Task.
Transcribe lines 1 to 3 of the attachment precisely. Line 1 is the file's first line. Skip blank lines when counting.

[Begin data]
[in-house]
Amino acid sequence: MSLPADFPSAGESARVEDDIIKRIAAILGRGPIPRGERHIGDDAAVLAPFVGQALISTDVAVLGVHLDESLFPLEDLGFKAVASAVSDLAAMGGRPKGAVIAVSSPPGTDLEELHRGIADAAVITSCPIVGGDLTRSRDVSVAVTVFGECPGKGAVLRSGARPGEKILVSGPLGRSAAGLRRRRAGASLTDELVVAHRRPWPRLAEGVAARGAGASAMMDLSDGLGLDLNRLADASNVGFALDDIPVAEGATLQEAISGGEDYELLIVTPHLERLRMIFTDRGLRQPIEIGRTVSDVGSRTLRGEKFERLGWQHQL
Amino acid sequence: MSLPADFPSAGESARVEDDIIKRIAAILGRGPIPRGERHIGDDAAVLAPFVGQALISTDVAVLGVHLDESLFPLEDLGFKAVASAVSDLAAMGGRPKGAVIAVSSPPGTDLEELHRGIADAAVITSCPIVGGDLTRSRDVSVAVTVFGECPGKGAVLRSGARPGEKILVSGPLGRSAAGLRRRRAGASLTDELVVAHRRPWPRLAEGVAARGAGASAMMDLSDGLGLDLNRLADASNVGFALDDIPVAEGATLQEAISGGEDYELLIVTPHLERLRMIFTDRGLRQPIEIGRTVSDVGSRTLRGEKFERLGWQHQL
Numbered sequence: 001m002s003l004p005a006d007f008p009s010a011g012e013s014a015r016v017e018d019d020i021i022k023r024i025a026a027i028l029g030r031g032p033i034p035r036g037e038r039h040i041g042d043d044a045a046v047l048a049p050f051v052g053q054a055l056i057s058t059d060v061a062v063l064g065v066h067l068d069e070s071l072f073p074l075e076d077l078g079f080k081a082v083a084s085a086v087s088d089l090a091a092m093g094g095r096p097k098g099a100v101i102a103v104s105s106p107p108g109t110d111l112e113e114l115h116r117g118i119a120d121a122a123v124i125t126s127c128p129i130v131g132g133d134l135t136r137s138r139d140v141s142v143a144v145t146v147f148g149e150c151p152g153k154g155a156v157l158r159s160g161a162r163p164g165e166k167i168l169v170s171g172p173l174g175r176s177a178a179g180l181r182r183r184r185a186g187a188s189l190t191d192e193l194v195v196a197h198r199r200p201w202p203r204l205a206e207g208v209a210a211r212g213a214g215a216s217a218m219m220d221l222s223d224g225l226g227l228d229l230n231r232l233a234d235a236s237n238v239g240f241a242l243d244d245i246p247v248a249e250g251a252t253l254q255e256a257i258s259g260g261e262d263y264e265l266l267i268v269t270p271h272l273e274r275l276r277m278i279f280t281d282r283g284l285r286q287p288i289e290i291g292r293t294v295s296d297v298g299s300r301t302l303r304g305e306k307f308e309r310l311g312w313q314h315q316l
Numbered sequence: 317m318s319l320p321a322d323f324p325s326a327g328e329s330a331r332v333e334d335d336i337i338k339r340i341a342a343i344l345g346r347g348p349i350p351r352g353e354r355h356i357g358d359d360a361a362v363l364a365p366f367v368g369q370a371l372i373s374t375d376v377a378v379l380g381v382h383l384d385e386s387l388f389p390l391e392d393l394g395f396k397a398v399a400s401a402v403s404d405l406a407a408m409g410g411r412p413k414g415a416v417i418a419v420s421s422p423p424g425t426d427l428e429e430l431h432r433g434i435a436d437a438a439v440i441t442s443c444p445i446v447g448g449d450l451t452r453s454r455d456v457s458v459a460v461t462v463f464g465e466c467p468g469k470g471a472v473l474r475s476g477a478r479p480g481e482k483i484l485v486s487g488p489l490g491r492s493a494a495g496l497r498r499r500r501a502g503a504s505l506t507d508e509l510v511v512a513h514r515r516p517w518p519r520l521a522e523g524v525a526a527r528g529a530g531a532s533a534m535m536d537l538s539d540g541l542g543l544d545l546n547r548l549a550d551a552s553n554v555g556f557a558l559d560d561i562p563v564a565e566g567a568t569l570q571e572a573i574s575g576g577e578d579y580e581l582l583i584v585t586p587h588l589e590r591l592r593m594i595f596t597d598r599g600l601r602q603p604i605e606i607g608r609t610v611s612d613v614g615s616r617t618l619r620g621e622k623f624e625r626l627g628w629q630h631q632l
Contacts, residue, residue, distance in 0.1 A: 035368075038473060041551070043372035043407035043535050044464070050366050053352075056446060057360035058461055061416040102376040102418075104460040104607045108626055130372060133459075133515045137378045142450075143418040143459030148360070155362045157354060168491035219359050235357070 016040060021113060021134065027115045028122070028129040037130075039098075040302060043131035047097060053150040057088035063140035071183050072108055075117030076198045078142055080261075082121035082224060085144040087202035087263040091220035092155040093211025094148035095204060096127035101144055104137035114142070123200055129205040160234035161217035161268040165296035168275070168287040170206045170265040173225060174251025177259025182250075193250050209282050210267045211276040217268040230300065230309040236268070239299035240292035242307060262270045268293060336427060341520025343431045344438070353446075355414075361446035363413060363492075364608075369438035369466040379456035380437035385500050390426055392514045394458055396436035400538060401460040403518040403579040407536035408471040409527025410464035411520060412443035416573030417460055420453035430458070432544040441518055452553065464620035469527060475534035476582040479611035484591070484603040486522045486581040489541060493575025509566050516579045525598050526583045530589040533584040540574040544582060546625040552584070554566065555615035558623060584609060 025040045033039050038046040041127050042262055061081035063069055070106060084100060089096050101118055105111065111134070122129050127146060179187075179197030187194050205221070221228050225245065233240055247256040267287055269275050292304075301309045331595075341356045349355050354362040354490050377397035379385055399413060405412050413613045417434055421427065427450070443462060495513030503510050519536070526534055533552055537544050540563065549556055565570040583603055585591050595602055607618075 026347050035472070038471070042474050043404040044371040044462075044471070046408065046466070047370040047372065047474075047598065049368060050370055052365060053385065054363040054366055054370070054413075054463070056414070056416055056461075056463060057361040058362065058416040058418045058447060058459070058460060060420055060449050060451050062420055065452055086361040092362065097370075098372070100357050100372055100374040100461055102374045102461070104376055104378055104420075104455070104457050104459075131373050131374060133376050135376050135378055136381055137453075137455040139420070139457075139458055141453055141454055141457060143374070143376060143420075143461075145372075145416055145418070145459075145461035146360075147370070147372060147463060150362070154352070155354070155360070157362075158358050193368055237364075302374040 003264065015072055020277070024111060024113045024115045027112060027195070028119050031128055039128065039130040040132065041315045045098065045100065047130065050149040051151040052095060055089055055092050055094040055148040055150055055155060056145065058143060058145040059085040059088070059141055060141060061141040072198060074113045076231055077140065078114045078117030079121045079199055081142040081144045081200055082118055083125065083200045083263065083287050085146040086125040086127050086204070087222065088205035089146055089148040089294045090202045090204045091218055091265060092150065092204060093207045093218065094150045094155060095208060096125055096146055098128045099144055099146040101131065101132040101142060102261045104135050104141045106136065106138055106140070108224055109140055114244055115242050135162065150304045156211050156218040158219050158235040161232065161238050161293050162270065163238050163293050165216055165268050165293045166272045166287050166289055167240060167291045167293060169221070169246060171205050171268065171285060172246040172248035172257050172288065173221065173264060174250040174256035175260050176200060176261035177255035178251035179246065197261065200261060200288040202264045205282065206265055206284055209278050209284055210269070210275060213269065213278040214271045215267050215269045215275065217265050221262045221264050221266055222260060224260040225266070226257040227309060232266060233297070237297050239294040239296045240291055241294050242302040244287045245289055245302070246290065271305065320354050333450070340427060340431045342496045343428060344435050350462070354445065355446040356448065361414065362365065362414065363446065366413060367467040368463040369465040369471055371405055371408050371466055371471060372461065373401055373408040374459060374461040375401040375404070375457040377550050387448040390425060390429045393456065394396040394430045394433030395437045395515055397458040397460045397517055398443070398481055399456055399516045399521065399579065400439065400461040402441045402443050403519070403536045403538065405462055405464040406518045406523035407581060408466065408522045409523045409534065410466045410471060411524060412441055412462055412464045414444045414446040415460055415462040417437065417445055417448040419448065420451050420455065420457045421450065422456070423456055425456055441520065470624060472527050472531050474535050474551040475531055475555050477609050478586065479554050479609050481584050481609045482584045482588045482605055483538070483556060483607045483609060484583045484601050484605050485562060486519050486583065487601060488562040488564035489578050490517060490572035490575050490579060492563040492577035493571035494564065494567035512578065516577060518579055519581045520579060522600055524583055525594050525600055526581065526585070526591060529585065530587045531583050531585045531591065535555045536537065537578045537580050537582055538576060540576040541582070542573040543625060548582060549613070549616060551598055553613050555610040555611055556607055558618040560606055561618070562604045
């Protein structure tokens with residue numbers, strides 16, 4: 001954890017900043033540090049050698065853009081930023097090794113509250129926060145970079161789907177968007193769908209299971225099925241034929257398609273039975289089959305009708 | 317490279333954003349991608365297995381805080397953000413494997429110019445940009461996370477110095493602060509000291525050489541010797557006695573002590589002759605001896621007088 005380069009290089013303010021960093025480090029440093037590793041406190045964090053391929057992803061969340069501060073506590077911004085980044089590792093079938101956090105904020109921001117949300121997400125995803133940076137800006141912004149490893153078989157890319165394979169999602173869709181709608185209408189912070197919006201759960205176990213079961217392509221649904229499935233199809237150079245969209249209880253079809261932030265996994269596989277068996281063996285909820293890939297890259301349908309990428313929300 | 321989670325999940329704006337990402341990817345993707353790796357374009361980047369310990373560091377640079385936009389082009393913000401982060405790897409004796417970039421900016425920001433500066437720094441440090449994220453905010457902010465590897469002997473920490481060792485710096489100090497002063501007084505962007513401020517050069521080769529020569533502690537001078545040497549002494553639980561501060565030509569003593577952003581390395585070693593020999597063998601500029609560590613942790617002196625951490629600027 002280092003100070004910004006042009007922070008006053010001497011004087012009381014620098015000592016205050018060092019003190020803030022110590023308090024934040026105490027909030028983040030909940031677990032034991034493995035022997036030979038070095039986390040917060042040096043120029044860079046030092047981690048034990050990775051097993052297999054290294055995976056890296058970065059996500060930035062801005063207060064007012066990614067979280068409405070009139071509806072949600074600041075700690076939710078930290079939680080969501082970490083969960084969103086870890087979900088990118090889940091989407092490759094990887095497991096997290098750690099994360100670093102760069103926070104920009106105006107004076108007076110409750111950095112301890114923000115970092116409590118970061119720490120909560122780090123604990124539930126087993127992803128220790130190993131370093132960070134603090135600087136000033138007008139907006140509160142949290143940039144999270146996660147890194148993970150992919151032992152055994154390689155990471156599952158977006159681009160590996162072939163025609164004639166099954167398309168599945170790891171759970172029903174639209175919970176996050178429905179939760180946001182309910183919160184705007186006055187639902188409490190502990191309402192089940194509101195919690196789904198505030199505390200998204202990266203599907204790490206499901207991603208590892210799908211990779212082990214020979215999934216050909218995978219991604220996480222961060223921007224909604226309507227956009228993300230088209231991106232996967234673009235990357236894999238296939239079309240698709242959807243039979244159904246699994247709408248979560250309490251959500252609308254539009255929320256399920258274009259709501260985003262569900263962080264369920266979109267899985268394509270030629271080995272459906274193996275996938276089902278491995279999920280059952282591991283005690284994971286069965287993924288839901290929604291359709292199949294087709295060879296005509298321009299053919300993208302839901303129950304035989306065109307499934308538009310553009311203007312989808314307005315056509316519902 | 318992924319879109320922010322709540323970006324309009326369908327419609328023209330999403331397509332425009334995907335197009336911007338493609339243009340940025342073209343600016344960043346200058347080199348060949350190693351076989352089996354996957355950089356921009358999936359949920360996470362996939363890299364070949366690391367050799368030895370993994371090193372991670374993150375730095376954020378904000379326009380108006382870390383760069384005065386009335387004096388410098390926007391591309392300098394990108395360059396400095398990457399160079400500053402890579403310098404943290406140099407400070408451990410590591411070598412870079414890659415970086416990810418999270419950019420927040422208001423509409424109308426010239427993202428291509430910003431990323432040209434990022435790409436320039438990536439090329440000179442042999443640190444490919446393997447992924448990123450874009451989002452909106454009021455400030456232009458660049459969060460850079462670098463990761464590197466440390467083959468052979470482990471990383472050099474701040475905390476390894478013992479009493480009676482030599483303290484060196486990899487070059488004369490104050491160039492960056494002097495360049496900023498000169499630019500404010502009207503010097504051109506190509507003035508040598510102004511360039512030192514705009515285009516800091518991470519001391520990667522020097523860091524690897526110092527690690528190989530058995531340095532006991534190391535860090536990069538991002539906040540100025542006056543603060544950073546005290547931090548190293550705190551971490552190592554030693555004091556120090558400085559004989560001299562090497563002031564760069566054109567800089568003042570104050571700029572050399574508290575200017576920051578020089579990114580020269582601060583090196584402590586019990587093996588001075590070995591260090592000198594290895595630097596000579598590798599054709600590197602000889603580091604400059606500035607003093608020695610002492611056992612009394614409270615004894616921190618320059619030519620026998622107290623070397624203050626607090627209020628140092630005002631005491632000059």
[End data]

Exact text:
[in-house]
Amino acid sequence: MSLPADFPSAGESARVEDDIIKRIAAILGRGPIPRGERHIGDDAAVLAPFVGQALISTDVAVLGVHLDESLFPLEDLGFKAVASAVSDLAAMGGRPKGAVIAVSSPPGTDLEELHRGIADAAVITSCPIVGGDLTRSRDVSVAVTVFGECPGKGAVLRSGARPGEKILVSGPLGRSAAGLRRRRAGASLTDELVVAHRRPWPRLAEGVAARGAGASAMMDLSDGLGLDLNRLADASNVGFALDDIPVAEGATLQEAISGGEDYELLIVTPHLERLRMIFTDRGLRQPIEIGRTVSDVGSRTLRGEKFERLGWQHQL
Amino acid sequence: MSLPADFPSAGESARVEDDIIKRIAAILGRGPIPRGERHIGDDAAVLAPFVGQALISTDVAVLGVHLDESLFPLEDLGFKAVASAVSDLAAMGGRPKGAVIAVSSPPGTDLEELHRGIADAAVITSCPIVGGDLTRSRDVSVAVTVFGECPGKGAVLRSGARPGEKILVSGPLGRSAAGLRRRRAGASLTDELVVAHRRPWPRLAEGVAARGAGASAMMDLSDGLGLDLNRLADASNVGFALDDIPVAEGATLQEAISGGEDYELLIVTPHLERLRMIFTDRGLRQPIEIGRTVSDVGSRTLRGEKFERLGWQHQL